Because of its lifelikeness, functionality and durability, dental implants are considered the best of the restoration options that can be considered to replace a missing tooth. But placing an implant during the teen years is problematic because the jaws are still growing. If we place an implant prematurely it will appear to be out of alignment when the jaw fully matures. Better to wait until the jaw finishes development in early adulthood.

In the meantime, there are a couple of temporary options that work well for teens: a removable partial denture (RFP) or a fixed modified bridge. The latter is similar to bridges made for adults, but uses tabs of dental material that bond a prosthetic (false) tooth to the adjacent natural teeth to hold it in place. This alleviates the need to permanently alter the adjacent natural teeth and buy time so that the implant can be placed after growth and development has finished.

And no need to worry about postponing orthodontic treatment in the event of a tooth loss. In most cases we can go ahead with treatment, and may even be able to incorporate a prosthetic tooth into the braces or clear aligners.

It’s always unfortunate to lose a tooth, especially from a sudden accident. The good news, though, is that with proper care and attention we can restore your teenager’s smile.

If you would like more information on how to treat lost teeth in teenagers, please contact us by calling (815) 741-1700 for a consultation. You can also learn more about this topic by reading the Dear Doctor magazine article “Dental Implants for Teenagers.”

Any Time, Any Place: Cam Newton’s Guide to Flossing

cam.

When is the best time to floss your teeth: Morning? Bedtime? How about: whenever and wherever the moment feels right?

For Cam Newton, award-winning NFL quarterback for the Carolina Panthers, the answer is clearly the latter. During the third quarter of the 2016 season-opener between his team and the Denver Broncos, TV cameras focused on Newton as he sat on the bench. The 2015 MVP was clearly seen stretching a string of dental floss between his index fingers and taking care of some dental hygiene business… and thereby creating a minor storm on the internet.

Inappropriate? We don’t think so. As dentists, we’re always happy when someone comes along to remind people how important it is to floss. And when that person has a million-dollar smile like Cam Newton’s — so much the better.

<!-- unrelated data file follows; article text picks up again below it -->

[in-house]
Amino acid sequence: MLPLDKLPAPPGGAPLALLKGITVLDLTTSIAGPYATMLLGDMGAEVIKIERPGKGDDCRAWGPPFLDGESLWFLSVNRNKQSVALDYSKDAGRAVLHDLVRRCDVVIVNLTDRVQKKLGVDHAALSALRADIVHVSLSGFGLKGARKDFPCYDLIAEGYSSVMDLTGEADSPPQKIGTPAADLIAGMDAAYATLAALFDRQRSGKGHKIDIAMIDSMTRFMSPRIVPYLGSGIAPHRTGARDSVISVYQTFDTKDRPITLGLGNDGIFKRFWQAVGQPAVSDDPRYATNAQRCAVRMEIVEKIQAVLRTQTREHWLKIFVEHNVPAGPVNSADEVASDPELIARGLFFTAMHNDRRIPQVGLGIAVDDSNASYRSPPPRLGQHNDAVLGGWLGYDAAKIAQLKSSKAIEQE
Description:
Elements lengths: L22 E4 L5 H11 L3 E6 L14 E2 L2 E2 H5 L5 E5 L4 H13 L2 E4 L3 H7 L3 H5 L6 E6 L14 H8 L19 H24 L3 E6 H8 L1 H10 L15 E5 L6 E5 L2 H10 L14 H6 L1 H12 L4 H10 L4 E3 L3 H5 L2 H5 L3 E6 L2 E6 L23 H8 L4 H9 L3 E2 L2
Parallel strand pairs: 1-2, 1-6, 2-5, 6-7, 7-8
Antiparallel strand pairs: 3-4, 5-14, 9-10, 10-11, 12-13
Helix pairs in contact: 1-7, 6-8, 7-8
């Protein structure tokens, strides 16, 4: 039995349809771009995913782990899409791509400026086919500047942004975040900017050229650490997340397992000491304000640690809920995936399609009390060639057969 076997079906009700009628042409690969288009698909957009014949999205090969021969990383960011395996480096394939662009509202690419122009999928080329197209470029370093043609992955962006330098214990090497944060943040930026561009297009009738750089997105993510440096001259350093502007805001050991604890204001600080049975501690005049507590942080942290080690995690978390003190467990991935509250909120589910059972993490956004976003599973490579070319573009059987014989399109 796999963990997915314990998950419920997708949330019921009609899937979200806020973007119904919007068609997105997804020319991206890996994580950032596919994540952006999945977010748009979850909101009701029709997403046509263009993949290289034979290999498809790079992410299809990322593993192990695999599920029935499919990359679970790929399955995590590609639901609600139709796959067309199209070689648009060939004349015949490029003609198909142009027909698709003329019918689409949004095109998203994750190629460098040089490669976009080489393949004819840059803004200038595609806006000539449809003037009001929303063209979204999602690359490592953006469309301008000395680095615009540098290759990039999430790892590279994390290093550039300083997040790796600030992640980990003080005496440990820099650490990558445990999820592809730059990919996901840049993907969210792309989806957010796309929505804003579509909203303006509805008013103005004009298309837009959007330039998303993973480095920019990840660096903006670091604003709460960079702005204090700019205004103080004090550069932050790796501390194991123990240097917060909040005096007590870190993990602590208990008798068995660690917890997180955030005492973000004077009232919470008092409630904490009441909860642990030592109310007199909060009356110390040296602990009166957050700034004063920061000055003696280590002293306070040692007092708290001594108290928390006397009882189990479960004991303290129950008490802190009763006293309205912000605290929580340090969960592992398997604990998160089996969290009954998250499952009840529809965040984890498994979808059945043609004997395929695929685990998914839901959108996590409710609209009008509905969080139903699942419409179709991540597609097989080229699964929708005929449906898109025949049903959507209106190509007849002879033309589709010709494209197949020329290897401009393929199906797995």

Of course, there has been a lot of discussion lately about flossing. News outlets have gleefully reported that there’s a lack of hard evidence at present to show that flossing is effective. But we would like to point out that, as the saying goes, “Absence of evidence is not evidence of absence.” There are a number of reasons why health care organizations like the American Dental Association (ADA) still firmly recommend daily flossing. Here are a few:

  • It’s well established that when plaque is allowed to build up on teeth, tooth decay and gum disease are bound to follow.
  • A tooth brush does a good job of cleaning most tooth surfaces, but it can’t reach into spaces between teeth.
  • Cleaning between teeth (interdental cleaning) has been shown to remove plaque and food debris from these hard-to-reach spaces.
  • Dental floss isn’t the only method for interdental cleaning… but it is recognized by dentists as the best way, and is an excellent method for doing this at home — or anywhere else!

Whether you use dental floss or another type of interdental cleaner is up to you. But the ADA stands by its recommendations for maintaining good oral health: Brush twice a day for two minutes with fluoride toothpaste; visit your dentist regularly for professional cleanings and checkups; and clean between teeth once a day with an interdental cleaner like floss. It doesn’t matter if you do it in your own home, or on the sidelines of an NFL game… as long as you do it!

If you would like more information about flossing and oral hygiene, please contact us by calling (815) 741-1700 for a consultation.

Keeping Gum Disease at Bay Could Help Your Overall Health

oral health.

It’s bad enough the diseases caused by poor dental hygiene or lack of dental checkups could be leaving your teeth and gums more at risk. But current scientific research seems to indicate those same dental diseases may also cause you problems in other parts of your body.

The connection is especially pronounced with periodontal (gum) disease, a family of disorders that can eventually lead to tooth loss. Gum disease is caused by plaque, a thin film of bacteria and food particles that builds up on tooth surfaces due to a lack of daily brushing and flossing. Even skipping one day of hygiene increases the level of oral bacteria that cause these infections.

As it spreads, the infection causes the gum tissues to become inflamed and ulcerated. The gums weaken to the point where they easily bleed even when mildly brushed. This allows access for bacteria and other toxins to enter the bloodstream where they may eventually affect other organ systems. We’re now finding that conditions as varied as cardiovascular disease, osteoporosis, diabetes or rheumatoid arthritis (which all share a common thread with inflammation) may be affected by gum disease — and vice-versa.

If you have any of these or similar conditions, it’s important for you to stay vigilant in maintaining healthy teeth and gums. It’s necessary to brush and floss daily to remove plaque buildup as well as dental checkups at least twice a year. You should also keep a close eye out for early signs of gum disease, like bleeding, swollen or reddened gums. If so, call us for an appointment as soon as possible.

Keeping your teeth and gums disease-free and healthy could have a positive impact on your treatment for other health conditions. You’ll be doing your mouth and the rest of your health a favor.

If you would like more information on how periodontal (gum) disease affects the body, please contact us by calling (815) 741-1700 for a consultation. You can also learn more about this topic by reading the Dear Doctor magazine article “Good Oral Health Leads to Better Health Overall.”